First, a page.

Most multiphase models are formulated to simulate either the sharp regime or the dispersed regime, but not both. The volume of fluid (VOF) model is numerically formulated for the sharp regime, while the Eulerian-Eulerian and the mixture models are intended for the dispersed regime. To appropriately capture both sharp and dispersed regimes in a single flow model requires a special kind of multiphase model. The Eulerian-Eulerian multifluid VOF model in ANSYS Fluent is the appropriate model to address applications with both sharp and dispersed multiphase flow regimes. As the name suggests, this model combines aspects of the Eulerian-Eulerian model for treating the dispersed flow regime and the VOF model for the sharp regime.

In addition to using an appropriate multiphase model, the solver must be robust enough to include interactions such as the strong body forces mentioned above, as well as turbulence and rotating elements such as impellers. Furthermore, it must solve the complex 3D model in a very efficient manner (i.e., with great parallel scalability). ANSYS Fluent meets all these stringent requirements.

(As a side note, today in the oil and gas industry the geometry of every gas separator is a highly guarded, trademarked IP. Every separator bears design signatures unique to its manufacturer. Truly, “everybody knows everybody else” when it comes to identifying gas separator design. It is impossible for a third party to showcase a gas separator, especially the dynamic type, in the public domain without legal hazards.)

To demonstrate, let’s consider a mocked-up static gas separator with spiral internal flow paths (Figure 1). The air–water mixture enters the inlet at 0.5 m/s with 30 percent air volume fraction.

Figure 1. Gas separator geometry (flow volume only).

A transient simulation of 4 seconds flow time (Figure 2) is conducted using the appropriate Eulerian-Eulerian multifluid VOF multiphase model in ANSYS Fluent.

Figure 2. Animation showing flow in the water volume fraction. Red (volume fraction = 1) indicates the space is totally filled with water; blue (volume fraction = 0) indicates all air.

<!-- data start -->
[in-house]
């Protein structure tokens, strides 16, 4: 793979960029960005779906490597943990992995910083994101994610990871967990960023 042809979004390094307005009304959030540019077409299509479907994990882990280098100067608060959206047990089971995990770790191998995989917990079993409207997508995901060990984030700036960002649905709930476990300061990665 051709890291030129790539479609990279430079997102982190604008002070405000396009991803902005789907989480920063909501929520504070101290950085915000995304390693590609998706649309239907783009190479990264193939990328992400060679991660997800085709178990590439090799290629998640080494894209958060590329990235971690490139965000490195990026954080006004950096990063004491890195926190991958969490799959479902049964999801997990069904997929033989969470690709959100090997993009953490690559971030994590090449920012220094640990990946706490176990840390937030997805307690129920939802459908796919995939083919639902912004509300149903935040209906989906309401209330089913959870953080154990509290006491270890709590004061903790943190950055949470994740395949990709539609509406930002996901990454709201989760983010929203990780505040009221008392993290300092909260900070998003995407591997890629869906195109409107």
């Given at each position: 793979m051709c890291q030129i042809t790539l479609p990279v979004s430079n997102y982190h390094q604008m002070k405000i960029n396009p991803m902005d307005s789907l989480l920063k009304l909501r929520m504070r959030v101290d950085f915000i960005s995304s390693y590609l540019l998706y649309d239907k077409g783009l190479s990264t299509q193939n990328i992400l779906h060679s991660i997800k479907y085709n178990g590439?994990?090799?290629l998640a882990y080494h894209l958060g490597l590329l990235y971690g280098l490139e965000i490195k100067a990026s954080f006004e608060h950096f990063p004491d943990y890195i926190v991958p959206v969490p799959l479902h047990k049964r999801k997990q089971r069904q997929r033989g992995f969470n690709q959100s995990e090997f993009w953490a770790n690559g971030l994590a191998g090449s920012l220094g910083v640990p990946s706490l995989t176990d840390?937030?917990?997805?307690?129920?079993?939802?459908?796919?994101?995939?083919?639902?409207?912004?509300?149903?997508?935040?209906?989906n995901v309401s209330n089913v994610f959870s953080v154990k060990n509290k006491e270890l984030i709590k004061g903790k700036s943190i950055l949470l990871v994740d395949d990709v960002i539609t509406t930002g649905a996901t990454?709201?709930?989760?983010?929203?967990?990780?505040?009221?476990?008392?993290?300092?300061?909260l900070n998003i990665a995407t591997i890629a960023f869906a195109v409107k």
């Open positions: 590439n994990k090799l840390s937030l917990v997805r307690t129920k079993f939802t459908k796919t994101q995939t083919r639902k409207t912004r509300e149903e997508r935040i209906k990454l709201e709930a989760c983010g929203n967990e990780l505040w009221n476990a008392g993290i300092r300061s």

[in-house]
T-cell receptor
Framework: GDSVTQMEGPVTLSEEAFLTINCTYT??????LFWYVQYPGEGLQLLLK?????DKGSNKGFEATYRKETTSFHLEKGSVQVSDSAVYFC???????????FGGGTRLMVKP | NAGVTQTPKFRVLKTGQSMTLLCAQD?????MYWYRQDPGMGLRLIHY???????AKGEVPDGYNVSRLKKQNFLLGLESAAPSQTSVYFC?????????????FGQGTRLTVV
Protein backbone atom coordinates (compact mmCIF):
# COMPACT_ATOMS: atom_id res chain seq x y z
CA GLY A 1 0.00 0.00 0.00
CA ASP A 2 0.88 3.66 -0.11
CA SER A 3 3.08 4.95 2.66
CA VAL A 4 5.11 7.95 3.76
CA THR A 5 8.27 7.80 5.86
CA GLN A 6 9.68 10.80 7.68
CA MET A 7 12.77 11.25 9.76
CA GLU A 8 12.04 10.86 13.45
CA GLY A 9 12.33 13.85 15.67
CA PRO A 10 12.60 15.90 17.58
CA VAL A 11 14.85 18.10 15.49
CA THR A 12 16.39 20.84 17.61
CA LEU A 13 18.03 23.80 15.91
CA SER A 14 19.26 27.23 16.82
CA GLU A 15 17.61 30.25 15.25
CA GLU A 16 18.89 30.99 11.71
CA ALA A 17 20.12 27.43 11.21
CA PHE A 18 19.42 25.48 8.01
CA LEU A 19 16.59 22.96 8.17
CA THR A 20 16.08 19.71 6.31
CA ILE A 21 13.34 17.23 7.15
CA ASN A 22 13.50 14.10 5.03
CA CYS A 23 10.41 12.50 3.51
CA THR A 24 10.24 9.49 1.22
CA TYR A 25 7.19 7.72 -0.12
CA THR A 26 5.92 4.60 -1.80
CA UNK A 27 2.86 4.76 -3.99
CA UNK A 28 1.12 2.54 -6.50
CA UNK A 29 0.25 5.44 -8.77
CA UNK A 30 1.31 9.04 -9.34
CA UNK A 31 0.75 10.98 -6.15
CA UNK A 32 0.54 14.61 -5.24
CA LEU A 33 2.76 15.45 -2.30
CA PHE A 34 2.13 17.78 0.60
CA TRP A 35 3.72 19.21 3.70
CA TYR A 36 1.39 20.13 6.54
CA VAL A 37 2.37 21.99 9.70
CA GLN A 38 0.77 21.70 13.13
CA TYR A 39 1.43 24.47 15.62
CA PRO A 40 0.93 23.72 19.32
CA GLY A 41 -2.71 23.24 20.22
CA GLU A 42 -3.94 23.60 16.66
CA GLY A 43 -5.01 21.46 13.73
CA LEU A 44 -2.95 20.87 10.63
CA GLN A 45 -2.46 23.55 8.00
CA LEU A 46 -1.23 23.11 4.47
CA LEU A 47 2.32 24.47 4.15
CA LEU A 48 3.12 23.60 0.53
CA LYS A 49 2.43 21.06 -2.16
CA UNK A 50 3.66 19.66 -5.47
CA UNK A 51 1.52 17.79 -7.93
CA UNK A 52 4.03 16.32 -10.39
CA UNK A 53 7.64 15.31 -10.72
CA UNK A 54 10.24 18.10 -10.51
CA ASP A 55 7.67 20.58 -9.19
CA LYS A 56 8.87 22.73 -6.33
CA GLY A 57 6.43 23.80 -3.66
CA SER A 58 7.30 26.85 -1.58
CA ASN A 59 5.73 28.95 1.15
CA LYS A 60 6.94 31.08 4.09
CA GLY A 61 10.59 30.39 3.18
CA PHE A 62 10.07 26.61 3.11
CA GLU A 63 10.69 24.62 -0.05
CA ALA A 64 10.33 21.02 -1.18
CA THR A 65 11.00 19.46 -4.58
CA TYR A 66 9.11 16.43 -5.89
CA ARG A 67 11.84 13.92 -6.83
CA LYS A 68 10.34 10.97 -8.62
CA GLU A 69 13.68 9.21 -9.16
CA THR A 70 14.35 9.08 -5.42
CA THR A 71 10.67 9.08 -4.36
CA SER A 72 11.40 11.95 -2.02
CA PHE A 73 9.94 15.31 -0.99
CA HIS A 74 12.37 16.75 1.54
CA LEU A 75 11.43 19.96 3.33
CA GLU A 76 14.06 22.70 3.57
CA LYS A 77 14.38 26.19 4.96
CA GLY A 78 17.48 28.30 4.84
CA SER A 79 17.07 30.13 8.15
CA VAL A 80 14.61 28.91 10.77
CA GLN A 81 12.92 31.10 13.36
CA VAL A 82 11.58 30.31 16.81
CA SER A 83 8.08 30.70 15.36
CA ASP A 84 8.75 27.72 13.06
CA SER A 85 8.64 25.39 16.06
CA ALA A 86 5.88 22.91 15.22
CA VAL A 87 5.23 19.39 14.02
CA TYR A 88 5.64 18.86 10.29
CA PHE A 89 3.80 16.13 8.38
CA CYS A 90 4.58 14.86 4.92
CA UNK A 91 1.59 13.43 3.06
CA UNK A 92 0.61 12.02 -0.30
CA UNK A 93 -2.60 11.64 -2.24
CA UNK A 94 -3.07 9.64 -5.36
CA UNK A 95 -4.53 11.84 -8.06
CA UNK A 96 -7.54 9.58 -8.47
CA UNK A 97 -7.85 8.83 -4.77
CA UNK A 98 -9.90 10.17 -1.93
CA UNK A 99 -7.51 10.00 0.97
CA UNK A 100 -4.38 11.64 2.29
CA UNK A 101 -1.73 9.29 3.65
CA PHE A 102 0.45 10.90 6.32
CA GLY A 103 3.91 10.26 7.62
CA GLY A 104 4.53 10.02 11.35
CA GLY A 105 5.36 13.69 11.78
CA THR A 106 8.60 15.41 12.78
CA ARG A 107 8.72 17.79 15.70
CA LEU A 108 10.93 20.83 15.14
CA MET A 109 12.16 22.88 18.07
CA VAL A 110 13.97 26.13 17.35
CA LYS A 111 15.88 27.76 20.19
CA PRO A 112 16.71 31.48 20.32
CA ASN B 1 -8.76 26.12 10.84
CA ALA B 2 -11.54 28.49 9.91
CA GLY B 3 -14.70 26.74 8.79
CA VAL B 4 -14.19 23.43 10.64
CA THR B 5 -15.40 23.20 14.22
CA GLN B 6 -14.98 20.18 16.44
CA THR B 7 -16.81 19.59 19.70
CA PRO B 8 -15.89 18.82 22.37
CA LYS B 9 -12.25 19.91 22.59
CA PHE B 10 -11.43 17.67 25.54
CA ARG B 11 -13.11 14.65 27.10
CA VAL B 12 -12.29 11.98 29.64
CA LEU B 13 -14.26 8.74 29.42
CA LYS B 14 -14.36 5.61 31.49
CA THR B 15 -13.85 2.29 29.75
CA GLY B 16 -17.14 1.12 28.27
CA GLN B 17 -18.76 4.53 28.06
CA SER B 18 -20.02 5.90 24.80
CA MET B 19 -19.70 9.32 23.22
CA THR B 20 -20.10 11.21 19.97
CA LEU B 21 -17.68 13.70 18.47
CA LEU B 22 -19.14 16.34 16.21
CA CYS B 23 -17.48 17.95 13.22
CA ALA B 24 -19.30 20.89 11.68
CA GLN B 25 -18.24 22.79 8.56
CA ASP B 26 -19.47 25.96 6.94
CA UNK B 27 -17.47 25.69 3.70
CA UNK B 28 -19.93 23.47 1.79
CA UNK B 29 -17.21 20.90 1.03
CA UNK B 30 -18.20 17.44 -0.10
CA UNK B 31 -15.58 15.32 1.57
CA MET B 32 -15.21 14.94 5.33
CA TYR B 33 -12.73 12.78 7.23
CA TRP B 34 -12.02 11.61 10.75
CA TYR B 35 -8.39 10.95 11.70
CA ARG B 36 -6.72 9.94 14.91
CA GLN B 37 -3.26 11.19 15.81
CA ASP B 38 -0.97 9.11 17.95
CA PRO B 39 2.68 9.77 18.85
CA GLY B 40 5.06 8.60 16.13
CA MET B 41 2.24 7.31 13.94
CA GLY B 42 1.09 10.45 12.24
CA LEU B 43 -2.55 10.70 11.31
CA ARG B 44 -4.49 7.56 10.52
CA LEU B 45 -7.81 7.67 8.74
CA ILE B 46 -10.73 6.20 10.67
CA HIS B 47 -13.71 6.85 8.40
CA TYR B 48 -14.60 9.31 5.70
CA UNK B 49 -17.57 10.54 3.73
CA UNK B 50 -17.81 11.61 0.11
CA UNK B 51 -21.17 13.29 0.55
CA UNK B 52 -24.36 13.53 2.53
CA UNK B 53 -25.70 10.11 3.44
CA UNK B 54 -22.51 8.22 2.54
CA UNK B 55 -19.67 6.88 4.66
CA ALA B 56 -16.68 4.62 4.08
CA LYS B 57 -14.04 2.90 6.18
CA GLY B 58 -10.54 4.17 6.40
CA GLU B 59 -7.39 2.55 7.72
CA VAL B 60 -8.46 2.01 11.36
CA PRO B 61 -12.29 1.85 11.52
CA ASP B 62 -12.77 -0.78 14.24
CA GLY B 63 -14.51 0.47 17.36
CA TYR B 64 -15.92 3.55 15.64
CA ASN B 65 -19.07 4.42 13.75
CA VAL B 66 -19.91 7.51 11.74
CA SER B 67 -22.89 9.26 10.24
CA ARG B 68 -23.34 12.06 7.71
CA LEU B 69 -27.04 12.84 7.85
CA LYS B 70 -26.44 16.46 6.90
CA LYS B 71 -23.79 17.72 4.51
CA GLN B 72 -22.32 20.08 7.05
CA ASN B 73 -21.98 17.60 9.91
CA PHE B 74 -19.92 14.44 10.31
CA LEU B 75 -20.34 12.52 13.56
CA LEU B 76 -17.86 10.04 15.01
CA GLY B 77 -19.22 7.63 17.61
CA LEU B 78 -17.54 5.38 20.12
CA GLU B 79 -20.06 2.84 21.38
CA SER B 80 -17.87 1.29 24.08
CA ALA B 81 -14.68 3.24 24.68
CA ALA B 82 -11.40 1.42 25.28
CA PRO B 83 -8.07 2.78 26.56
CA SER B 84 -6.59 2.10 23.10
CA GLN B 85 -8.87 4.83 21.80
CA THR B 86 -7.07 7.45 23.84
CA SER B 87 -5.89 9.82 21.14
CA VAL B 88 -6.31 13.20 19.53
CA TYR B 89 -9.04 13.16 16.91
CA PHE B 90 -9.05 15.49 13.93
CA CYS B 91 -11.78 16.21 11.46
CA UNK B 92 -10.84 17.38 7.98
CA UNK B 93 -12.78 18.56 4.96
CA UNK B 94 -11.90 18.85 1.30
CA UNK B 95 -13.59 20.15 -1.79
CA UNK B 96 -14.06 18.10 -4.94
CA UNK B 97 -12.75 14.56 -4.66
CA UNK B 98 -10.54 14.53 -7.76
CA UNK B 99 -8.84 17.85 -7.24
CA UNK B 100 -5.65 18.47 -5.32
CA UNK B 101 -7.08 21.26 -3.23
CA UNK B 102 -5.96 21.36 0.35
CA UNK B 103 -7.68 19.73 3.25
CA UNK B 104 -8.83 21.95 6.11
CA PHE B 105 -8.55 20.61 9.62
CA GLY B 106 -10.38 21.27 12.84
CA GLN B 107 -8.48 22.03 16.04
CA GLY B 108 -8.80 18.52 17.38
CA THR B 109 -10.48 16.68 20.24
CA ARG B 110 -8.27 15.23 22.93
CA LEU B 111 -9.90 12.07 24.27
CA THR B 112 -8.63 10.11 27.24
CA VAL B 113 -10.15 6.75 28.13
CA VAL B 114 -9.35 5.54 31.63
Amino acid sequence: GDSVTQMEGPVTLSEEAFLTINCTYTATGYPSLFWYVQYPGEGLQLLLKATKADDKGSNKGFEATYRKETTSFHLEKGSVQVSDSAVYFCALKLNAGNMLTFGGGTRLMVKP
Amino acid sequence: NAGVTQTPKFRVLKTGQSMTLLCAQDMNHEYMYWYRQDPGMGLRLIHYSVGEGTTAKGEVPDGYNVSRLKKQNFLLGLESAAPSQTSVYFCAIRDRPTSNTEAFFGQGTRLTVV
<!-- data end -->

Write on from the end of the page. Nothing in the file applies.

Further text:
Due to the centrifugal force induced when flowing through the spiral paths, the air–water mixture starts to separate and transit from a dispersed regime to a sharp regime. The heavier water phase is flung to the outer perimeter of the pipe, as expected. An air core forms at the center near the outlet section. In a real downhole operation, the liquid at the outlets is directed toward the intake of a multistaged pump section for artificial lifting to the surface; the gas is vented to the annular space between the downhole pipe and the well.

As discussed earlier, the separation efficiency is an important design objective. Figure 3 shows the mass flow rates for water and air monitored at their respective intended outlets. After about 1.5 seconds, judging from the outlet flow rates and the volume fraction contours, the flow more or less exhibits stable periodicity. The separation efficiency fluctuates between 98 – 99 percent. This is just for one set of flow conditions such as inlet velocity and inlet gas volume fraction. However, it demonstrates all the important considerations when choosing the appropriate models for an accurate and successful gas separator simulation.

Figure 3. Left: water mass flow rate at the intended water outlets. Right: air mass flow rate at the intended air outlet. With this mocked-up geometry, after about 1.5 seconds the separation efficiency fluctuates between 98 – 99 percent.

In reality, engineers have to optimize for a range of operating flow conditions, gas volume fractions and so on. Even though the flow physics in a gas separator is very complex, ANSYS Fluent has the appropriate advanced models, along with reliable and efficient solver technologies for this application. Coupling these advanced modeling capabilities with automatic persistent parametric updates in ANSYS Workbench and optimization capabilities in ANSYS DesignXplorer, engineers can design efficient gas separators much faster and at lower cost than ever before.